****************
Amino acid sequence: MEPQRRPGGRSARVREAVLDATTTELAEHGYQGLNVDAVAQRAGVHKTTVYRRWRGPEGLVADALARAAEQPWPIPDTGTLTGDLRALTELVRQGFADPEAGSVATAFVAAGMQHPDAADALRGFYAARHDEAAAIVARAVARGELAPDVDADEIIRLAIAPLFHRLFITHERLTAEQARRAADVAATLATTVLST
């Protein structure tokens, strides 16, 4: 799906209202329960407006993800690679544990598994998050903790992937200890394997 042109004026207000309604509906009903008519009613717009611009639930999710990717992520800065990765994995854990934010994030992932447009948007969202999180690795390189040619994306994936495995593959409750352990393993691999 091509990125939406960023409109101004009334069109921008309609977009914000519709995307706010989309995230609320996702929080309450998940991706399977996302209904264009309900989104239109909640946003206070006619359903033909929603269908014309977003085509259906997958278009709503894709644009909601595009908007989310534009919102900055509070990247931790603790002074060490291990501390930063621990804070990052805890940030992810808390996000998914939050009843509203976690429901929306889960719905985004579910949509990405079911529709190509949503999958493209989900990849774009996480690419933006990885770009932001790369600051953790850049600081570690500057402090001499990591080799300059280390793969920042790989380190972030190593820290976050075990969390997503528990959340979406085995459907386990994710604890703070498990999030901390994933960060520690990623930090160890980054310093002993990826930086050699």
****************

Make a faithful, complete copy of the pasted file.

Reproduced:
Amino acid sequence: MEPQRRPGGRSARVREAVLDATTTELAEHGYQGLNVDAVAQRAGVHKTTVYRRWRGPEGLVADALARAAEQPWPIPDTGTLTGDLRALTELVRQGFADPEAGSVATAFVAAGMQHPDAADALRGFYAARHDEAAAIVARAVARGELAPDVDADEIIRLAIAPLFHRLFITHERLTAEQARRAADVAATLATTVLST
């Protein structure tokens, strides 16, 4: 799906209202329960407006993800690679544990598994998050903790992937200890394997 042109004026207000309604509906009903008519009613717009611009639930999710990717992520800065990765994995854990934010994030992932447009948007969202999180690795390189040619994306994936495995593959409750352990393993691999 091509990125939406960023409109101004009334069109921008309609977009914000519709995307706010989309995230609320996702929080309450998940991706399977996302209904264009309900989104239109909640946003206070006619359903033909929603269908014309977003085509259906997958278009709503894709644009909601595009908007989310534009919102900055509070990247931790603790002074060490291990501390930063621990804070990052805890940030992810808390996000998914939050009843509203976690429901929306889960719905985004579910949509990405079911529709190509949503999958493209989900990849774009996480690419933006990885770009932001790369600051953790850049600081570690500057402090001499990591080799300059280390793969920042790989380190972030190593820290976050075990969390997503528990959340979406085995459907386990994710604890703070498990999030901390994933960060520690990623930090160890980054310093002993990826930086050699």